Model Ts were the average American’s car of choice in 1921, when cartoonist Al Jaffee was born.
The father of MAD Magazine’s fold-ins was but seven when the T’s successor, the Model A, was introduced.
Charles Bukowski could really write. Charles Bukowski could really drink. These two facts, surely the best-known ones about the “lowlife laureate” of a poet and author of such novels as Post Office and Ham on Rye (as well as what we might call his lifestyle column, “Notes of a Dirty Old Man”), go together.[...]
It’s been part of Slavoj Žižek’s schtick for years. He’s mentioned it in talks about Donald Rumsfeld and America’s misadventures in Iraq. In lectures about architecture in Spain. In English-language talks. And other languages too.[...]
Surely you remember Cheers, if only from the sitcom’s syndicated reruns ceaselessly aired around the world. And if you remember Cheers, you’ll remember no part of it more vividly than its opening credits sequence, which broke from the well-established tradition of showing the faces of the series’ cast members.[...]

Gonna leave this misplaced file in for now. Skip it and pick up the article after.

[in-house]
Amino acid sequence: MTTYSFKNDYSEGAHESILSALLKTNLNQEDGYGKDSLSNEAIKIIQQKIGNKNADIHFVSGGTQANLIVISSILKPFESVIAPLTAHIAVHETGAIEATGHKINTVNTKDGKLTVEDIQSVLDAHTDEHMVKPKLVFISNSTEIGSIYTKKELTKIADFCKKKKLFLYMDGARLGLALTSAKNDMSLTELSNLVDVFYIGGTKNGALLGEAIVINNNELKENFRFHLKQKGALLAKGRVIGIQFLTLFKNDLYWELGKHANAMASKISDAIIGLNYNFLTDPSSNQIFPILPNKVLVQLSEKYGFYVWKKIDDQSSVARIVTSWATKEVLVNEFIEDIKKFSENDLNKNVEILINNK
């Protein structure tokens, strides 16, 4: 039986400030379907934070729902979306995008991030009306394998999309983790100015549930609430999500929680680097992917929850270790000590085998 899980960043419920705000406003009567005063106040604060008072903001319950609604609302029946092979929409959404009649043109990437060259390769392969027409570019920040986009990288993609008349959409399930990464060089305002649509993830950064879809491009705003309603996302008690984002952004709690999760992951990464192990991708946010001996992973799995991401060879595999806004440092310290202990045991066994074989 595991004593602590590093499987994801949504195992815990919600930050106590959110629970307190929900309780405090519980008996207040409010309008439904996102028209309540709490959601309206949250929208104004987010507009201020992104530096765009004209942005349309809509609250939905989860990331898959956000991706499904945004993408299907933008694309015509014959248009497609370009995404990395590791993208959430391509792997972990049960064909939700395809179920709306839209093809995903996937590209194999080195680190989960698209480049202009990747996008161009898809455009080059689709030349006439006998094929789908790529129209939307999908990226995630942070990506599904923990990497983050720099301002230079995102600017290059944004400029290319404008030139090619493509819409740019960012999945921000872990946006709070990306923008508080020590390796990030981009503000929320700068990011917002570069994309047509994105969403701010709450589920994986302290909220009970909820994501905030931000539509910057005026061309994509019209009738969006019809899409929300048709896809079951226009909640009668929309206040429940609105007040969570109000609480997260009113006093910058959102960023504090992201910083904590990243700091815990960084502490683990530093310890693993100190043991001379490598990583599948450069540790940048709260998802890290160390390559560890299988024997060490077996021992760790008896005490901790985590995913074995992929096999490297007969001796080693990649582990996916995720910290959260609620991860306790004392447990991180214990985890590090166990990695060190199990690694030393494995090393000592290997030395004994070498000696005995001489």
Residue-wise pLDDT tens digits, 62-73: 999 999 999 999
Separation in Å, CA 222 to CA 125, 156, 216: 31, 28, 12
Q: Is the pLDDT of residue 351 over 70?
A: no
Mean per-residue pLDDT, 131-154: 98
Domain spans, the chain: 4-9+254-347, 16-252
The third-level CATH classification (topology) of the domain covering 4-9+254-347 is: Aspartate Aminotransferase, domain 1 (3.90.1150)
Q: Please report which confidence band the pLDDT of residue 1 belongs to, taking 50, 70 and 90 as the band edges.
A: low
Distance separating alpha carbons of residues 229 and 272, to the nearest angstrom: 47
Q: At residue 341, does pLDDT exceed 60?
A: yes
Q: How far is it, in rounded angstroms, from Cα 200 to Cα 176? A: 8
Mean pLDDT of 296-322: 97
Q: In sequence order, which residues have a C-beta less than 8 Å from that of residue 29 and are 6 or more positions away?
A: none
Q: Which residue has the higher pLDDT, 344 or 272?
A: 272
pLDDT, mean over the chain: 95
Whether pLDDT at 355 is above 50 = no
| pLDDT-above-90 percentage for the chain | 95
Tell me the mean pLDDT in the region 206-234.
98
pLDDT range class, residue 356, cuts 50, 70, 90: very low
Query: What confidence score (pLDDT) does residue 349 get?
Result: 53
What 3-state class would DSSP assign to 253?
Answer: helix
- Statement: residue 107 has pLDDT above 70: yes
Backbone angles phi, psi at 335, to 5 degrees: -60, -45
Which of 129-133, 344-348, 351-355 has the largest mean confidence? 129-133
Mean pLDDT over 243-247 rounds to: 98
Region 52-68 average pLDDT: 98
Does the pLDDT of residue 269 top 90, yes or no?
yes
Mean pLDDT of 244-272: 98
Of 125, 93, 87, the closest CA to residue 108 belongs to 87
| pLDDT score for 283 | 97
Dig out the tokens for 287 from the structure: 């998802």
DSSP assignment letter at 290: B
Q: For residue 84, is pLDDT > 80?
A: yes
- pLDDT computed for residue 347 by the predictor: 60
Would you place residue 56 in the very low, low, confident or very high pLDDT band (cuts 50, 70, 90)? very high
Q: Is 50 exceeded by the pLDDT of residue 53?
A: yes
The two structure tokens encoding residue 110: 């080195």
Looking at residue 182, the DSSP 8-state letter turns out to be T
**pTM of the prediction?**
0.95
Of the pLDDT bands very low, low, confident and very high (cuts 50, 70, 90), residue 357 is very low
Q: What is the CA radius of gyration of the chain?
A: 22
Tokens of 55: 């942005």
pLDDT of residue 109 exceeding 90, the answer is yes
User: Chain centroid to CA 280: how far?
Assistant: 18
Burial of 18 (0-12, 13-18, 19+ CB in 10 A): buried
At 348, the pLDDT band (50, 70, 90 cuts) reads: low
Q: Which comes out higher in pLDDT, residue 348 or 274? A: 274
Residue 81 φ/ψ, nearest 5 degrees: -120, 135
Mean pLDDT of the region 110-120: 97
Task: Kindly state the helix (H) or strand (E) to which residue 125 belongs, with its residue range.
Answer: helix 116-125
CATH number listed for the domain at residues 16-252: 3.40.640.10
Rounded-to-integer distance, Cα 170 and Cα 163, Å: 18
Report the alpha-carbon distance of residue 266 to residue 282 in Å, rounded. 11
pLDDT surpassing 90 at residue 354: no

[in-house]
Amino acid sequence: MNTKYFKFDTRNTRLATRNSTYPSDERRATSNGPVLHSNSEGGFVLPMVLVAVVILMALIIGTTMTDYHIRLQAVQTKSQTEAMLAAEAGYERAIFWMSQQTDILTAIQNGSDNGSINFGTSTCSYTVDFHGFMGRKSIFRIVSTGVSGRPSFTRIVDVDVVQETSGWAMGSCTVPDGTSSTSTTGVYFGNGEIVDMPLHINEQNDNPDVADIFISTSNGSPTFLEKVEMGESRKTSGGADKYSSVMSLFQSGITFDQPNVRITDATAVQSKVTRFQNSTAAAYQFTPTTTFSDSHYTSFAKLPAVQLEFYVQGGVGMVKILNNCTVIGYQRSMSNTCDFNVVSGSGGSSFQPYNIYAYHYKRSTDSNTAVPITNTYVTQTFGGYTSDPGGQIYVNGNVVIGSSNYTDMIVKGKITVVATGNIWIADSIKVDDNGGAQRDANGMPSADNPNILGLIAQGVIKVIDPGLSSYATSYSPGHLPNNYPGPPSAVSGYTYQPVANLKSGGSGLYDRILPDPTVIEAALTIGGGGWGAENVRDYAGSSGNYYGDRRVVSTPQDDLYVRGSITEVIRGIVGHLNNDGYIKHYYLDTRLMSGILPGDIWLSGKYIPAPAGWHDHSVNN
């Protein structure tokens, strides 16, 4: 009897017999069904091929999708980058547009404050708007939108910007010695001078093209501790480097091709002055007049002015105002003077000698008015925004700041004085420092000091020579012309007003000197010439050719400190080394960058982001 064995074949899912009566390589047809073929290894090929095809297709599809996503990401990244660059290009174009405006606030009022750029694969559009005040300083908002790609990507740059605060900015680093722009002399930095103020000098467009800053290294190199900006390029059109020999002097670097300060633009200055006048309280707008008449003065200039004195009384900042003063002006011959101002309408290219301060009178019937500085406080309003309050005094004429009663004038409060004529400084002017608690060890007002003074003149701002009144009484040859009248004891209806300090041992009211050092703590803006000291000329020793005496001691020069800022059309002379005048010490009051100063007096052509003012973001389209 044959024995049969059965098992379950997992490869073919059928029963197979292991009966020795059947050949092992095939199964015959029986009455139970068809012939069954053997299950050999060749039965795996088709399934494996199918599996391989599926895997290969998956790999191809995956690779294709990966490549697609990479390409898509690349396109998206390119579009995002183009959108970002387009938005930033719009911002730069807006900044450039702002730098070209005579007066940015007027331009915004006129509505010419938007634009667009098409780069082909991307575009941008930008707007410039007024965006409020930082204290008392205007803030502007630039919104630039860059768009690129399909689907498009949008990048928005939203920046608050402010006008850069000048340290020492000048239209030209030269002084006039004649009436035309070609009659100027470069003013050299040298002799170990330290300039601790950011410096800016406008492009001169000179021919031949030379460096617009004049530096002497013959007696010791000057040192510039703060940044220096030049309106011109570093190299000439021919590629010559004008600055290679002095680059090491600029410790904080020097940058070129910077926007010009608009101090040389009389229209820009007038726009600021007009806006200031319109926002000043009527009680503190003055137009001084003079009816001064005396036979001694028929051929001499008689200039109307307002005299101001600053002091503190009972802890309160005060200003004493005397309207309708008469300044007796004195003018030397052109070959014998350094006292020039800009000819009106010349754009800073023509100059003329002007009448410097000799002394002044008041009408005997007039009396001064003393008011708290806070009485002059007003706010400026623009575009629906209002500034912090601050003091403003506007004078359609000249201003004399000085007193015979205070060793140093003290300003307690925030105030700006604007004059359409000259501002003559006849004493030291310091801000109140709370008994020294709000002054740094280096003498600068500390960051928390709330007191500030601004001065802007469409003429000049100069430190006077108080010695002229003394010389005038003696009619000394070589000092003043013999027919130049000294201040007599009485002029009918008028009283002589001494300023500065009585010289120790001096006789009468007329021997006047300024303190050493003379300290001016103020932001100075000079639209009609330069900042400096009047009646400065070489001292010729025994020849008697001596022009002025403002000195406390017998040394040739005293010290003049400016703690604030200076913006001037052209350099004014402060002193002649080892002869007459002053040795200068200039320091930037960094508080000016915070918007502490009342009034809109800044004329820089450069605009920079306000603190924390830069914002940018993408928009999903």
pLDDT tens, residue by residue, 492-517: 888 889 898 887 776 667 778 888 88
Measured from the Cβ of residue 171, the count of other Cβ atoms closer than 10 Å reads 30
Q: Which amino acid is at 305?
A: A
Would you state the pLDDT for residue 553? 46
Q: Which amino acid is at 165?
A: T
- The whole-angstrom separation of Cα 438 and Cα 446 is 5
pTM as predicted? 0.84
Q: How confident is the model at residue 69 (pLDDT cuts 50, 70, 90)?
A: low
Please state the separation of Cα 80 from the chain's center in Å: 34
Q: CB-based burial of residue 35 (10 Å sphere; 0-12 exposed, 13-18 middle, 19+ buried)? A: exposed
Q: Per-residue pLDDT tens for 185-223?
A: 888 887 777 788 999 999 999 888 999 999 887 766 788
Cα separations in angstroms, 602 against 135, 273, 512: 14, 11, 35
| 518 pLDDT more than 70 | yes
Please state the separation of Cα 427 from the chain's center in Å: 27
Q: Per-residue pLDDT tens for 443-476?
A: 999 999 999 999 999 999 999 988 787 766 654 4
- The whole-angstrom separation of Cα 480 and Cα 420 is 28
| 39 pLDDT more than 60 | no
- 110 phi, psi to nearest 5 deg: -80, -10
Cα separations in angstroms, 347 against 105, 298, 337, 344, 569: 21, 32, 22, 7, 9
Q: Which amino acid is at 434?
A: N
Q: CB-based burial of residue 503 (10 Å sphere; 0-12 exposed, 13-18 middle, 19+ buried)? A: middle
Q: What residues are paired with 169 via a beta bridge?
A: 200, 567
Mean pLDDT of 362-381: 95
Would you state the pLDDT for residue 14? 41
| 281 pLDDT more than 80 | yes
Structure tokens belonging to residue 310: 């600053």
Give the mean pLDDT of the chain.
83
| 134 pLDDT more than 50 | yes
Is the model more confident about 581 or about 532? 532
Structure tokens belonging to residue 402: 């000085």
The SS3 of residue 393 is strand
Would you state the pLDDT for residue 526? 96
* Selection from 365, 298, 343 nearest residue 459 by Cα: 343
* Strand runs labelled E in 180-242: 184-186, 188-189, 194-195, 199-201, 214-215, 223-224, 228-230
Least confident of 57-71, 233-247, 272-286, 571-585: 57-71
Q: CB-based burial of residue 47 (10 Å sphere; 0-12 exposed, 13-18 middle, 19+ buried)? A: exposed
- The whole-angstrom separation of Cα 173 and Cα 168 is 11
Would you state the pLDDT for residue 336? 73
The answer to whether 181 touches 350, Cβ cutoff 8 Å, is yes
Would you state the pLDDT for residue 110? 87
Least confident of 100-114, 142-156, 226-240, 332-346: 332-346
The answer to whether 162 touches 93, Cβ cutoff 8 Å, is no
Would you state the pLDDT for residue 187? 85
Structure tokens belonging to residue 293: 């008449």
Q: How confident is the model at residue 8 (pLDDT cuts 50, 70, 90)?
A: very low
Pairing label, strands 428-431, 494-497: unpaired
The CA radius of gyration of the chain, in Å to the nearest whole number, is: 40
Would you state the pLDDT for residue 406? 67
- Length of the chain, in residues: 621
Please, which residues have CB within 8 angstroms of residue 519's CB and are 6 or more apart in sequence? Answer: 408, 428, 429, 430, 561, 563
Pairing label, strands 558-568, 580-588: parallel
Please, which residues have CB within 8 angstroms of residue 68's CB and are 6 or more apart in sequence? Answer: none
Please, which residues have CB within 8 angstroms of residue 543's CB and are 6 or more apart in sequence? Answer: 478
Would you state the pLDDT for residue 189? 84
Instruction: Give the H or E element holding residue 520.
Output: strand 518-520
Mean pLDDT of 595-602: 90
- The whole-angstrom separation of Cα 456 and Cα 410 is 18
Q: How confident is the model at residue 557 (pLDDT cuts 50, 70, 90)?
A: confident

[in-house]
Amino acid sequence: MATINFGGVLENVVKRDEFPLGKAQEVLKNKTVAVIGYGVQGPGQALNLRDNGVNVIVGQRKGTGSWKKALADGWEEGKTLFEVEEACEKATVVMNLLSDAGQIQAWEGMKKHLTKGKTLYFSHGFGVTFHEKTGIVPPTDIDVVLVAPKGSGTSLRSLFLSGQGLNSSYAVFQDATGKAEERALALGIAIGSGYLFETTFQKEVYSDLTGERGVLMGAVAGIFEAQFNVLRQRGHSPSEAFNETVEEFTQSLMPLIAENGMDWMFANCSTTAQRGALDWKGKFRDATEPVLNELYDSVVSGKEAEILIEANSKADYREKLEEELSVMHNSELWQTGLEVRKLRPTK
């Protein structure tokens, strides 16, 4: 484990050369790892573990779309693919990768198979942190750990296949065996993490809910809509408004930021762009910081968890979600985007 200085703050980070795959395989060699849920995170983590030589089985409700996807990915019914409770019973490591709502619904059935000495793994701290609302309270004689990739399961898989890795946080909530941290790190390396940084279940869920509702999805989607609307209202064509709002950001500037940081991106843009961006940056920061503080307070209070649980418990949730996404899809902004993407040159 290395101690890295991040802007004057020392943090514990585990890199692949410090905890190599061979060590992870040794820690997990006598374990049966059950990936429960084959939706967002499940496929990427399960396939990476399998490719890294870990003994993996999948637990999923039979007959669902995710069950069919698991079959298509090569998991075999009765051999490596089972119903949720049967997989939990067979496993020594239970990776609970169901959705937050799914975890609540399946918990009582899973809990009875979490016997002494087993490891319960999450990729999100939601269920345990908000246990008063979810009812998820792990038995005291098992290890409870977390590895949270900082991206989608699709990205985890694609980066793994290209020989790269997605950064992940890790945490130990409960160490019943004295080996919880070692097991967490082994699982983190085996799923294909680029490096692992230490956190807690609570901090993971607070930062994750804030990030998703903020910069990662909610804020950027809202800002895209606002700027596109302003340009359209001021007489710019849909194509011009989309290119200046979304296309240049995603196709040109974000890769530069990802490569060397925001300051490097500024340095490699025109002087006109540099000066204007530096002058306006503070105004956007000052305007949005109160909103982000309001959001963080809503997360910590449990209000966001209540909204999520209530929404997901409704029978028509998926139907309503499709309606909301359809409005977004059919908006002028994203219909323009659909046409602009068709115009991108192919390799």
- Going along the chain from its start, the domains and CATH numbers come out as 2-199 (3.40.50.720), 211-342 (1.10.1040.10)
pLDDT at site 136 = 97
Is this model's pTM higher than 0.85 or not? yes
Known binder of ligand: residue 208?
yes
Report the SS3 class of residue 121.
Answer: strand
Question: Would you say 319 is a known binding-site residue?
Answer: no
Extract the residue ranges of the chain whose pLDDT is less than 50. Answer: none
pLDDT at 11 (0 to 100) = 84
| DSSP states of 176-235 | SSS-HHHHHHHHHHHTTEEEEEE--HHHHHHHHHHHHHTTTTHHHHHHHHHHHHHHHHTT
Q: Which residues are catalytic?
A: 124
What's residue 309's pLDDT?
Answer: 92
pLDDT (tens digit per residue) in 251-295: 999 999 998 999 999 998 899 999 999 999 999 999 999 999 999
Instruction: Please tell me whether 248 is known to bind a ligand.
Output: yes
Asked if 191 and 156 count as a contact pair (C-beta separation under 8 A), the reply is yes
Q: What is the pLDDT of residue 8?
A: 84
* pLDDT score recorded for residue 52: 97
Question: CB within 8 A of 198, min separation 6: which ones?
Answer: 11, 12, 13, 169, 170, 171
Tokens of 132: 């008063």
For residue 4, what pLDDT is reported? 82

Tom Waits For No One, above, is surely the only film in history to have won an Oscar for Scientific and Technical Achievement for its creator and a first place award at the Hollywood Erotic Film and Video Festival.[...]
From the makers of Titanic: Honor and Glory—a PC video game that lets you sail aboard a fully detailed re-creation of the RMS Titanic–comes an animation that lets you watch the sinking of the Titanic in real time. According to the web site Titanic Facts, the ship sank in two hours and 40 minutes in 1912.[...]
This week, Blank on Blank wraps up its series “The Experimenters,” with an episode animating a conversation between Carl Sagan and Studs Terkel–two figures we’ve highlighted on our site many times before. But never have we brought them together. So here they are.[...]
FYI: Early last week, Colin Marshall gave you a heads up that Studio Ghibli, the animation studio behind Hayao Miyazaki’s My Neighbor Totoro, Princess Mononoke, and Spirited Away, was preparing to release an open source version of the animation software used to create its films.[...]
Earlier this week, we let you know about the animation software used by Hayao Miyazaki’s Studio Ghibli coming out in an open source version free to download.[...]
By now we all know the name of Studio Ghibli, the operation responsible for such animated-feature-film-redefining productions as Grave of the Fireflies and Hayao Miyazaki’s My Neighbor Totoro, Princess Mononoke, and Spirited Away.[...]